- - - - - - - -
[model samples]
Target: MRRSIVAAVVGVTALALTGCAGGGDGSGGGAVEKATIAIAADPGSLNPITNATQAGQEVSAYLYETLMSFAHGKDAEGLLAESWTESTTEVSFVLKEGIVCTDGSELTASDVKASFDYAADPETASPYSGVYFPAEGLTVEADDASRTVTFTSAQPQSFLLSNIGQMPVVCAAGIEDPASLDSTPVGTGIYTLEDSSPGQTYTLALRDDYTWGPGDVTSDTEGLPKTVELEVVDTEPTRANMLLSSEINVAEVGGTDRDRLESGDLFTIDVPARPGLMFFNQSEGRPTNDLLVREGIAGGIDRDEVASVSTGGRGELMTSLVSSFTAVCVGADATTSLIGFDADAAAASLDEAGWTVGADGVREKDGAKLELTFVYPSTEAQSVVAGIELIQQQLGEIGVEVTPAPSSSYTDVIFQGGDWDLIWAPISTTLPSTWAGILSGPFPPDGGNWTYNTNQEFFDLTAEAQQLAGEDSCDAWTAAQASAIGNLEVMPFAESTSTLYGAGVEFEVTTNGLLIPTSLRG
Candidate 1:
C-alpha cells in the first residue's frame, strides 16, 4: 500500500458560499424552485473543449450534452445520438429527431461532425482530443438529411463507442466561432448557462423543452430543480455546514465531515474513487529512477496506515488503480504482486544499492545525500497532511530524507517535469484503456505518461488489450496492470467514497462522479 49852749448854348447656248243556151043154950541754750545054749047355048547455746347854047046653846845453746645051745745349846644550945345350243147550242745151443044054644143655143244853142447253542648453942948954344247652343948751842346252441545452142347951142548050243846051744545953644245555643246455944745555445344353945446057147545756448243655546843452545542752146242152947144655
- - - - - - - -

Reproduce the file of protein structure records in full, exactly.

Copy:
[model samples]
Target: MRRSIVAAVVGVTALALTGCAGGGDGSGGGAVEKATIAIAADPGSLNPITNATQAGQEVSAYLYETLMSFAHGKDAEGLLAESWTESTTEVSFVLKEGIVCTDGSELTASDVKASFDYAADPETASPYSGVYFPAEGLTVEADDASRTVTFTSAQPQSFLLSNIGQMPVVCAAGIEDPASLDSTPVGTGIYTLEDSSPGQTYTLALRDDYTWGPGDVTSDTEGLPKTVELEVVDTEPTRANMLLSSEINVAEVGGTDRDRLESGDLFTIDVPARPGLMFFNQSEGRPTNDLLVREGIAGGIDRDEVASVSTGGRGELMTSLVSSFTAVCVGADATTSLIGFDADAAAASLDEAGWTVGADGVREKDGAKLELTFVYPSTEAQSVVAGIELIQQQLGEIGVEVTPAPSSSYTDVIFQGGDWDLIWAPISTTLPSTWAGILSGPFPPDGGNWTYNTNQEFFDLTAEAQQLAGEDSCDAWTAAQASAIGNLEVMPFAESTSTLYGAGVEFEVTTNGLLIPTSLRG
Candidate 1:
C-alpha cells in the first residue's frame, strides 16, 4: 500500500458560499424552485473543449450534452445520438429527431461532425482530443438529411463507442466561432448557462423543452430543480455546514465531515474513487529512477496506515488503480504482486544499492545525500497532511530524507517535469484503456505518461488489450496492470467514497462522479 49852749448854348447656248243556151043154950541754750545054749047355048547455746347854047046653846845453746645051745745349846644550945345350243147550242745151443044054644143655143244853142447253542648453942948954344247652343948751842346252441545452142347951142548050243846051744545953644245555643246455944745555445344353945446057147545756448243655546843452545542752146242152947144655